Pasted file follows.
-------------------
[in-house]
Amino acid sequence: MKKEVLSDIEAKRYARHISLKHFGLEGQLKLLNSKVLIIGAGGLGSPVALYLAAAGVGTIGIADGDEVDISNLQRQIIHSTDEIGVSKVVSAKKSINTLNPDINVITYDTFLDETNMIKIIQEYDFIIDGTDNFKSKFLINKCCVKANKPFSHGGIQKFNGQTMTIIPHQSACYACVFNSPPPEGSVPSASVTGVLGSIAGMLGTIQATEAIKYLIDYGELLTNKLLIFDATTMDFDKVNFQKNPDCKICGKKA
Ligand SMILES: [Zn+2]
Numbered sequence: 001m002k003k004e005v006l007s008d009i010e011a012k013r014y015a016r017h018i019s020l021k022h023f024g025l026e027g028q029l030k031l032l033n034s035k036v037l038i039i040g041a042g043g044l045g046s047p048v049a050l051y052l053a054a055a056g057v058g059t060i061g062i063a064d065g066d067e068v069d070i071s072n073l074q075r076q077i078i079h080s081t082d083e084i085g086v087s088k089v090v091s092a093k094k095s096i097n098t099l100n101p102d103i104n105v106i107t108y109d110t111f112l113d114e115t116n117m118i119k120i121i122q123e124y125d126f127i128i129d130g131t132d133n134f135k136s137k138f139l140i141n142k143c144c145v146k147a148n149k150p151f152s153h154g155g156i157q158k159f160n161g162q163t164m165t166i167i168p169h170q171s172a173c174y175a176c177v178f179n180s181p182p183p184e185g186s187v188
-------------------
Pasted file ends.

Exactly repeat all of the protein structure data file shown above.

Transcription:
[in-house]
Amino acid sequence: MKKEVLSDIEAKRYARHISLKHFGLEGQLKLLNSKVLIIGAGGLGSPVALYLAAAGVGTIGIADGDEVDISNLQRQIIHSTDEIGVSKVVSAKKSINTLNPDINVITYDTFLDETNMIKIIQEYDFIIDGTDNFKSKFLINKCCVKANKPFSHGGIQKFNGQTMTIIPHQSACYACVFNSPPPEGSVPSASVTGVLGSIAGMLGTIQATEAIKYLIDYGELLTNKLLIFDATTMDFDKVNFQKNPDCKICGKKA
Ligand SMILES: [Zn+2]
Numbered sequence: 001m002k003k004e005v006l007s008d009i010e011a012k013r014y015a016r017h018i019s020l021k022h023f024g025l026e027g028q029l030k031l032l033n034s035k036v037l038i039i040g041a042g043g044l045g046s047p048v049a050l051y052l053a054a055a056g057v058g059t060i061g062i063a064d065g066d067e068v069d070i071s072n073l074q075r076q077i078i079h080s081t082d083e084i085g086v087s088k089v090v091s092a093k094k095s096i097n098t099l100n101p102d103i104n105v106i107t108y109d110t111f112l113d114e115t116n117m118i119k120i121i122q123e124y125d126f127i128i129d130g131t132d133n134f135k136s137k138f139l140i141n142k143c144c145v146k147a148n149k150p151f152s153h154g155g156i157q158k159f160n161g162q163t164m165t166i167i168p169h170q171s172a173c174y175a176c177v178f179n180s181p182p183p184e185g186s187v188